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las vegas nevada where the president speaks at the convention center. here are some of the remarks he made atlas vegas. [ applause ] i came to this trip to see the united states. i can assure you there is nothing more empowering. for any of us who work in washington and to have a chance to fly across the united states, and drive through it, and see what a great country it is and come to understand some what better. how this country has been able for so many years to carry so many burdens in so many parts of the world. my trip was conservation. i include in conservation, first
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our human resource and our natural resource. [ applause ] you know how much the atlantic coast is available for public use purposes? about 8%. >> 92% of the whole atlantic coast and the same for the pacific. before it is too late, take these areas of the country of all of our people and let we set them aside now for it be too late. there is not much we could do today that it will -- build for us of this great dam and lake that i flew over today. our task of the task of
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propelling a clear way of conservation in the united states, following that of theodore roosevelt and franklin roosevelt is to make science a conservation and of new programs of land that'll enable us to presere f this green environment which means so much to all of us. [ applause ] he came to the town. he enjoyed it. it was not until he went toup tup the coast and the first time he saw the pacific ocean, he was in awed. when he arrived at yosemite, that's when he really understands what this
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entertainment is and what the church is all about. he was be dazzled and very poetic and writes letters and all these kinds of things and summing up his feelings. that was for him seeing the great outdoors and getting away from the city and politics and arriving in nature. that was really when he understood the beauty and majesty of california. roosevelt became president in 1901 and an election in 1904 and never having been to the west coast, roosevelt took this opportunity to come out and show up some votes and pushes the agenda and all that. beyond all of that and march of that year, he writes june mural a letter and he makes a request to go to yosemite with him just he and him in the woods. he had an opportunity to force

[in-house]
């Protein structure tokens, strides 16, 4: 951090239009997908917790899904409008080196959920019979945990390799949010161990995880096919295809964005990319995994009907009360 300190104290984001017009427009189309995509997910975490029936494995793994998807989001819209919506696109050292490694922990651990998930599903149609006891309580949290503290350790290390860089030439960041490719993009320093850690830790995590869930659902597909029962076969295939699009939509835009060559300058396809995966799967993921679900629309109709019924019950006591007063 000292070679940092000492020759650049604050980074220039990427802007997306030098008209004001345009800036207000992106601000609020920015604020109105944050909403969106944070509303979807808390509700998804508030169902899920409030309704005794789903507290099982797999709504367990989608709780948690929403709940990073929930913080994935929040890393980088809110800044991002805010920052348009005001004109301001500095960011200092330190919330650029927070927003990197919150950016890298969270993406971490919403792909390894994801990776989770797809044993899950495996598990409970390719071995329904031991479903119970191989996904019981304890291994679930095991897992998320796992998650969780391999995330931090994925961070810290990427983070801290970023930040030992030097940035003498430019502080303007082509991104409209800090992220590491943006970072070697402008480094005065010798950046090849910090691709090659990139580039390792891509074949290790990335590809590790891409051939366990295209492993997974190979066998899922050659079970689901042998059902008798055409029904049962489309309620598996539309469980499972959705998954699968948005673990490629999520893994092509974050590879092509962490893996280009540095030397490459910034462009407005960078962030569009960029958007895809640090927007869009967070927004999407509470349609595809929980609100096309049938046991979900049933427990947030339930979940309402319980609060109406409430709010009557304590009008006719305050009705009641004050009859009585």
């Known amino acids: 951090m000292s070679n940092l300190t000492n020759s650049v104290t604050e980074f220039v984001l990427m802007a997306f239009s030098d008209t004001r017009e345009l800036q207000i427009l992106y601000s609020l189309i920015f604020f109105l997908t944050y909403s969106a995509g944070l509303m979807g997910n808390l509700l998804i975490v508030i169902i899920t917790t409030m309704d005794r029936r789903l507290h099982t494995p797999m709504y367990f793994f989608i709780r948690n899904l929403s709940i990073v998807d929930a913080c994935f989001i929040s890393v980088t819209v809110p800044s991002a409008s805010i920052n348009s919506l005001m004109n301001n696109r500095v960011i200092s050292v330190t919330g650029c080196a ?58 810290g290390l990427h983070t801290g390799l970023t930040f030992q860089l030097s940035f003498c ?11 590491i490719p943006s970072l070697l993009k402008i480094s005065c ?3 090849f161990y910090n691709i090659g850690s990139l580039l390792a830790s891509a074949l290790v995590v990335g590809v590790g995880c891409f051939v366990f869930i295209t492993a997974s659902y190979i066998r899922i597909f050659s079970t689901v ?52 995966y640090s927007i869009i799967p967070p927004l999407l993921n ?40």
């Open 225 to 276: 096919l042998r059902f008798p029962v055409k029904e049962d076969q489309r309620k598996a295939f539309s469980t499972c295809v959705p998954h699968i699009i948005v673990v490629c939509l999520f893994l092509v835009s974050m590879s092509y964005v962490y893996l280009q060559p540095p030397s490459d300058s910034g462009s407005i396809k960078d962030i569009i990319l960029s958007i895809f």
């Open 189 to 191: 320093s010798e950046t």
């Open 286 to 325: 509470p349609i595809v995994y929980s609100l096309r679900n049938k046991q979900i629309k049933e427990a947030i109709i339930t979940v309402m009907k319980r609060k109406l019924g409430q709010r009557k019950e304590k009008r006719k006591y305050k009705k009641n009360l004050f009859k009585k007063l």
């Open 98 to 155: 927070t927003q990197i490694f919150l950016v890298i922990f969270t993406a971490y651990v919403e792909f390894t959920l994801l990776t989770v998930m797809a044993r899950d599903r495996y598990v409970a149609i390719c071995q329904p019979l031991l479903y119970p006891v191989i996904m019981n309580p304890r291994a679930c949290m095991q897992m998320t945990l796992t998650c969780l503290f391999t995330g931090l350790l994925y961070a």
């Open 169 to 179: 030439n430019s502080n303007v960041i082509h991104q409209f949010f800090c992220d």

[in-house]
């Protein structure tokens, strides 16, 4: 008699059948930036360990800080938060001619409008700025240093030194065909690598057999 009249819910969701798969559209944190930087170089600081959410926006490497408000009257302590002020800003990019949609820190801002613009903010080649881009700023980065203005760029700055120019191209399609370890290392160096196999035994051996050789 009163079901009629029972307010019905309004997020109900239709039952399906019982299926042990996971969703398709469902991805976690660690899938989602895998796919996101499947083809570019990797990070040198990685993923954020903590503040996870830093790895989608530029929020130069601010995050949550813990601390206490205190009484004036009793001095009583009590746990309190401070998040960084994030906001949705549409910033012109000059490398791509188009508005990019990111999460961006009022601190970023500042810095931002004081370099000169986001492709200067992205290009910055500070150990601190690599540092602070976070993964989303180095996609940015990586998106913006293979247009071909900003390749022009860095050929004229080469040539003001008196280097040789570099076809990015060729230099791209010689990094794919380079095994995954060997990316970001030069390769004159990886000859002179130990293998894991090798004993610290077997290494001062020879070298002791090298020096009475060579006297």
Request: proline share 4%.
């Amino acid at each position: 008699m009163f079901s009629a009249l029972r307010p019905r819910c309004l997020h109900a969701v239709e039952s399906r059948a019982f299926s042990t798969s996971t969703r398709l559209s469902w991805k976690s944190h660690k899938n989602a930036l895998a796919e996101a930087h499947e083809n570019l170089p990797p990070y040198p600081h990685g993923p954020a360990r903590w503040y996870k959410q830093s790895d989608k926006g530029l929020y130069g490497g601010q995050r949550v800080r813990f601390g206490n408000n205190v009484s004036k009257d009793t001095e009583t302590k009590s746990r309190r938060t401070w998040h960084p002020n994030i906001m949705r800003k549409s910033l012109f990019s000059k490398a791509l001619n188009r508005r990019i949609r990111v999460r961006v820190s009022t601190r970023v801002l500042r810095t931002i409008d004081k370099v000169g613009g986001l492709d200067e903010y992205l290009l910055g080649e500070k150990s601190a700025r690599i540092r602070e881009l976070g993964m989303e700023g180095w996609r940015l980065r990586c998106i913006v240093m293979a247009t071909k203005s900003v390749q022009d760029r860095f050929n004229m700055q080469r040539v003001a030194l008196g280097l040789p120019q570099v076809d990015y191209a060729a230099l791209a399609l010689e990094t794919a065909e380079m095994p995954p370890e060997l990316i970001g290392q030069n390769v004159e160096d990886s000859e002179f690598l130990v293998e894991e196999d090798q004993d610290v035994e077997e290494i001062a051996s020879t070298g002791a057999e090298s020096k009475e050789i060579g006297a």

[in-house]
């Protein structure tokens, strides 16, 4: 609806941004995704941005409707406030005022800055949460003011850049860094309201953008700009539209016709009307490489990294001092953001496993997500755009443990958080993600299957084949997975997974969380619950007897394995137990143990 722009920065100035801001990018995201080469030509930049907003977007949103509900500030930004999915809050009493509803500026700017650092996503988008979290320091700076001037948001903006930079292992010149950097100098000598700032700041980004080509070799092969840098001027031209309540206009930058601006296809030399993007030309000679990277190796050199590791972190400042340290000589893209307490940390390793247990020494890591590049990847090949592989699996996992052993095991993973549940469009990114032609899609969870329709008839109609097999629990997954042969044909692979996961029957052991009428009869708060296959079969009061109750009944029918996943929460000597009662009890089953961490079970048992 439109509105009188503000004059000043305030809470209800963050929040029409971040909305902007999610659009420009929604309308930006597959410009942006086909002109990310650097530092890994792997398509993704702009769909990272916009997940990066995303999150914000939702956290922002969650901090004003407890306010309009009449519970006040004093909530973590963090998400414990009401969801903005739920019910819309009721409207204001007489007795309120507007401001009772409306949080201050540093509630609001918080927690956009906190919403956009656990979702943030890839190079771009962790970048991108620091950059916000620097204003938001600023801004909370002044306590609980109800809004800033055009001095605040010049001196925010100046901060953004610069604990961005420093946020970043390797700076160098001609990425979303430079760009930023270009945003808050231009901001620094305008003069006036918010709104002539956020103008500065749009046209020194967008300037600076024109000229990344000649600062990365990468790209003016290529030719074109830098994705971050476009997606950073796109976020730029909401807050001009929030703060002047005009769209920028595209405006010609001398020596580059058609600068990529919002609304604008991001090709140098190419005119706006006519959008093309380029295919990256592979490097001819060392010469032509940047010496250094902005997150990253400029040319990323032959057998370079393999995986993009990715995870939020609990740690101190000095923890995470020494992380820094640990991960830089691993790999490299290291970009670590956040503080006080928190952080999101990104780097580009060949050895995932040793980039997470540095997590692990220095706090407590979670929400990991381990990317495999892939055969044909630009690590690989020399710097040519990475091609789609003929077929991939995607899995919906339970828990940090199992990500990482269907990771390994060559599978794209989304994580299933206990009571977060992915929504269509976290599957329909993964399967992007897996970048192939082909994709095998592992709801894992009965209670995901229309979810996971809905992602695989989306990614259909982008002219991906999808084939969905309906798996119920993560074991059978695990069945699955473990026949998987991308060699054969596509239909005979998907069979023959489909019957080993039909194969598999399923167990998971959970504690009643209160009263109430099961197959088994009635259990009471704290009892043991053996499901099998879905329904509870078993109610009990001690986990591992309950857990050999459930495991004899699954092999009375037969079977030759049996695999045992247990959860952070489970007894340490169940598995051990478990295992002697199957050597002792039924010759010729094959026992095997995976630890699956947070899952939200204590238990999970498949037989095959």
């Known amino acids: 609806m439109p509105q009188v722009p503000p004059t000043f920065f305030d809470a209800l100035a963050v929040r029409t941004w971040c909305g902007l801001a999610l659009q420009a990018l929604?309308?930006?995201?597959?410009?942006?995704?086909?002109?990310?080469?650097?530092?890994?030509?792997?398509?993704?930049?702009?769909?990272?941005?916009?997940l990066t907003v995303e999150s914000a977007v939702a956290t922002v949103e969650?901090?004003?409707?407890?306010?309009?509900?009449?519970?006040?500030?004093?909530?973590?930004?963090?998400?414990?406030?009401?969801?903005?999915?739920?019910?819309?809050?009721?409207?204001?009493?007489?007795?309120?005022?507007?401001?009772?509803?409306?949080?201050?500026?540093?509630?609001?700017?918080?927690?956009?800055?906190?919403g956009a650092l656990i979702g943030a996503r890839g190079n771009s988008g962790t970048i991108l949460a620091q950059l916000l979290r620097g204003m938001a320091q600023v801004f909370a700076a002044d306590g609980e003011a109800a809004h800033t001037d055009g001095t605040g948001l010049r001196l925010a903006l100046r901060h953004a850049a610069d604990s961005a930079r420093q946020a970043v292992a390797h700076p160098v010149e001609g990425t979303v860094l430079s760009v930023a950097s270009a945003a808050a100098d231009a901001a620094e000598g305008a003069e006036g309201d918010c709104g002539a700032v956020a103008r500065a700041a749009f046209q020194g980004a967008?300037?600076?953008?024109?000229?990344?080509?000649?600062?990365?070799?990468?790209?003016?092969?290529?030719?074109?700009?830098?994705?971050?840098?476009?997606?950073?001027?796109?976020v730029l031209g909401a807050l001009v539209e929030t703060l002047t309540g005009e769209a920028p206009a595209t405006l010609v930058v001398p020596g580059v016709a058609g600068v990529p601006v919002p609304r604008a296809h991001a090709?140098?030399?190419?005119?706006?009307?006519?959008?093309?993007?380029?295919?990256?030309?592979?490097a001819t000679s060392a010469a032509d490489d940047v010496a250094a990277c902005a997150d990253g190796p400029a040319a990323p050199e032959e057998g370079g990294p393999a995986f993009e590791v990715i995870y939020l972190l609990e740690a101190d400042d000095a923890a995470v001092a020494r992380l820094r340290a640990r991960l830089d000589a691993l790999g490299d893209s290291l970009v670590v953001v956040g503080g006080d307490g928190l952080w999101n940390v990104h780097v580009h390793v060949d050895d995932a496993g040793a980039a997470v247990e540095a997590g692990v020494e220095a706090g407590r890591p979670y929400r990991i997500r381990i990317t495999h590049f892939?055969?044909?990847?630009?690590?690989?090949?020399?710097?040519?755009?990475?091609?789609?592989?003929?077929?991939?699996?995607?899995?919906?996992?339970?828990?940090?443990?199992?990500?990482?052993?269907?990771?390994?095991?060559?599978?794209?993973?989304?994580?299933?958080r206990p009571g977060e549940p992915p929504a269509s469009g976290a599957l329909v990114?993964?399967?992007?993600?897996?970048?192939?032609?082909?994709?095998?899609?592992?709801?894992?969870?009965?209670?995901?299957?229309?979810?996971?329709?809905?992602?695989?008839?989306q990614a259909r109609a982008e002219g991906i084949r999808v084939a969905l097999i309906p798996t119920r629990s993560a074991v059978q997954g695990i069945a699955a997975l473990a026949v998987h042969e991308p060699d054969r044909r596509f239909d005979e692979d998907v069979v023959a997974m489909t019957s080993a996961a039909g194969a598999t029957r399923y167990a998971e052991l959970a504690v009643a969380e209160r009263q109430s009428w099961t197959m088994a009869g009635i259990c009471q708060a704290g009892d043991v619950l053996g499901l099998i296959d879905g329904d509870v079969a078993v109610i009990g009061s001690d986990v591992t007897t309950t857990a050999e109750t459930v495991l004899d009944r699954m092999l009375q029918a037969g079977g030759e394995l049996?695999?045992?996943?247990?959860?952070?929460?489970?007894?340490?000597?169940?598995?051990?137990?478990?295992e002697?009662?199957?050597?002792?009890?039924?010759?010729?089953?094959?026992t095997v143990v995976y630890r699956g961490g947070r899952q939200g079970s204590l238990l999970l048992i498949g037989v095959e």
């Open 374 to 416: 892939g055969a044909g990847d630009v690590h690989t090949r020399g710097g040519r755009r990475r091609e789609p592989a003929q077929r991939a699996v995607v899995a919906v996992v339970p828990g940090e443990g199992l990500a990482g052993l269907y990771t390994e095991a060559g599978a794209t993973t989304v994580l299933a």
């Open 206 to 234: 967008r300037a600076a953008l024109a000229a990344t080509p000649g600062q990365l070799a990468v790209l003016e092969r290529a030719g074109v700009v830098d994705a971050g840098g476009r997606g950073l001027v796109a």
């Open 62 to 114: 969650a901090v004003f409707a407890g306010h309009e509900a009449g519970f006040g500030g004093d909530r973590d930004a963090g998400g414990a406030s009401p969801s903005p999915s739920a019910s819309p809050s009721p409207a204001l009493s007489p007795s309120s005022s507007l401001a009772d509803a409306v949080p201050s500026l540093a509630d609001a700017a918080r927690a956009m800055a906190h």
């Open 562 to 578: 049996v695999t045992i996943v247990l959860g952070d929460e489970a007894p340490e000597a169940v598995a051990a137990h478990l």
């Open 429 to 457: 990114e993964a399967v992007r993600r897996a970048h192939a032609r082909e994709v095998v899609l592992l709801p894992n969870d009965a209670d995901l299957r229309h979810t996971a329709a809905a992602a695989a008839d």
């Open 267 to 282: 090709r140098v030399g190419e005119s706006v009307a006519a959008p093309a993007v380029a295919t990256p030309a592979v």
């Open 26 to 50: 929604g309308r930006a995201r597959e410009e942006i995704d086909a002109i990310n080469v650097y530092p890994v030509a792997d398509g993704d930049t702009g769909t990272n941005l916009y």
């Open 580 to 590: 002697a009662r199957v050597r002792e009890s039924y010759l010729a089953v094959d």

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his friendship with the man. he's been around for a while and he's well known and famous as a naturalist. roosevelt use the trip as an excuse and bond. john was getting concerned because as much as he wrote and worship the oyosemite and other areas, he was seeing, you know, a lot of lodging that was taken place. and even when you have real federal protection, it does not get you out of the woods. he knew it was a start. i think that's why when roosevelt reached out to muriel, he was going to be in europe at the time. he knew this opportunity was the chance to address to these concerns. and so you know he saw that coming and he sees the
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opportunity and changed his trip and did not go to europe and met with roosevelt instead. it was four men, teddy roosevelt and john muriel and two guys/cooks. they were the only two men present. there were no press or nothing. as a result of that, a lot of the memories of the trip comes from those two guys that would haul gear and plop the course. these men paid close attention and able to observe the background and eavesdropping in the discussion and getting a sense of what was happening. i think the observations of the two guys withere interesting. they saw the initial meeting is being kind of struggling of two